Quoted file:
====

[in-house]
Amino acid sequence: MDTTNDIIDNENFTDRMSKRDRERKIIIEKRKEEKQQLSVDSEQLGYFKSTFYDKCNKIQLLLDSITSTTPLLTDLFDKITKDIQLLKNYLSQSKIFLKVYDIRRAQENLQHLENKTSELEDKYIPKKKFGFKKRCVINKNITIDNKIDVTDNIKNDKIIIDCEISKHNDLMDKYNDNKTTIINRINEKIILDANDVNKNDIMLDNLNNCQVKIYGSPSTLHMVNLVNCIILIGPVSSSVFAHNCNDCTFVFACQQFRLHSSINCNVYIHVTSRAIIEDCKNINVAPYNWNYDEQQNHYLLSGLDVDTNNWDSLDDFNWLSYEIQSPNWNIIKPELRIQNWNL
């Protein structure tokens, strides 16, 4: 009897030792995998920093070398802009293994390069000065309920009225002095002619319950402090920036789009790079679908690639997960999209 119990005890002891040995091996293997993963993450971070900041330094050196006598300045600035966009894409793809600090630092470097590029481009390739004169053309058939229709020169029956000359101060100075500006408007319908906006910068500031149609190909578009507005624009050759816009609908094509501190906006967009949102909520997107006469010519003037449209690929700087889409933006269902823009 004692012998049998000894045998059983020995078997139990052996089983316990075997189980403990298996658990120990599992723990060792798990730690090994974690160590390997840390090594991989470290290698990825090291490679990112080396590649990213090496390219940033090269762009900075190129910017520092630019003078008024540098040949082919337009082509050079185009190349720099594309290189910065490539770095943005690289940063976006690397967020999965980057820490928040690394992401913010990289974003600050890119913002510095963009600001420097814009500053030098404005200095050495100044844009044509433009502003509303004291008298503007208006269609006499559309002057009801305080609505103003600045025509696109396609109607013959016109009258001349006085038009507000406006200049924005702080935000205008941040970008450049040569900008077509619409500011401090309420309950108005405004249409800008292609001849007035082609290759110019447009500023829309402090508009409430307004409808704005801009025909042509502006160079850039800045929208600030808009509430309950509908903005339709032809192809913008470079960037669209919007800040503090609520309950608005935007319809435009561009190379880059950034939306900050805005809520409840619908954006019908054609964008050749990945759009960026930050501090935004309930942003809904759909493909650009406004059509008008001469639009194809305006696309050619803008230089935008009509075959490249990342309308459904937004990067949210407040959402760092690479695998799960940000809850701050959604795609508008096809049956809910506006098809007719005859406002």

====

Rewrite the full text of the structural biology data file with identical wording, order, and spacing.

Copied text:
[in-house]
Amino acid sequence: MDTTNDIIDNENFTDRMSKRDRERKIIIEKRKEEKQQLSVDSEQLGYFKSTFYDKCNKIQLLLDSITSTTPLLTDLFDKITKDIQLLKNYLSQSKIFLKVYDIRRAQENLQHLENKTSELEDKYIPKKKFGFKKRCVINKNITIDNKIDVTDNIKNDKIIIDCEISKHNDLMDKYNDNKTTIINRINEKIILDANDVNKNDIMLDNLNNCQVKIYGSPSTLHMVNLVNCIILIGPVSSSVFAHNCNDCTFVFACQQFRLHSSINCNVYIHVTSRAIIEDCKNINVAPYNWNYDEQQNHYLLSGLDVDTNNWDSLDDFNWLSYEIQSPNWNIIKPELRIQNWNL
């Protein structure tokens, strides 16, 4: 009897030792995998920093070398802009293994390069000065309920009225002095002619319950402090920036789009790079679908690639997960999209 119990005890002891040995091996293997993963993450971070900041330094050196006598300045600035966009894409793809600090630092470097590029481009390739004169053309058939229709020169029956000359101060100075500006408007319908906006910068500031149609190909578009507005624009050759816009609908094509501190906006967009949102909520997107006469010519003037449209690929700087889409933006269902823009 004692012998049998000894045998059983020995078997139990052996089983316990075997189980403990298996658990120990599992723990060792798990730690090994974690160590390997840390090594991989470290290698990825090291490679990112080396590649990213090496390219940033090269762009900075190129910017520092630019003078008024540098040949082919337009082509050079185009190349720099594309290189910065490539770095943005690289940063976006690397967020999965980057820490928040690394992401913010990289974003600050890119913002510095963009600001420097814009500053030098404005200095050495100044844009044509433009502003509303004291008298503007208006269609006499559309002057009801305080609505103003600045025509696109396609109607013959016109009258001349006085038009507000406006200049924005702080935000205008941040970008450049040569900008077509619409500011401090309420309950108005405004249409800008292609001849007035082609290759110019447009500023829309402090508009409430307004409808704005801009025909042509502006160079850039800045929208600030808009509430309950509908903005339709032809192809913008470079960037669209919007800040503090609520309950608005935007319809435009561009190379880059950034939306900050805005809520409840619908954006019908054609964008050749990945759009960026930050501090935004309930942003809904759909493909650009406004059509008008001469639009194809305006696309050619803008230089935008009509075959490249990342309308459904937004990067949210407040959402760092690479695998799960940000809850701050959604795609508008096809049956809910506006098809007719005859406002």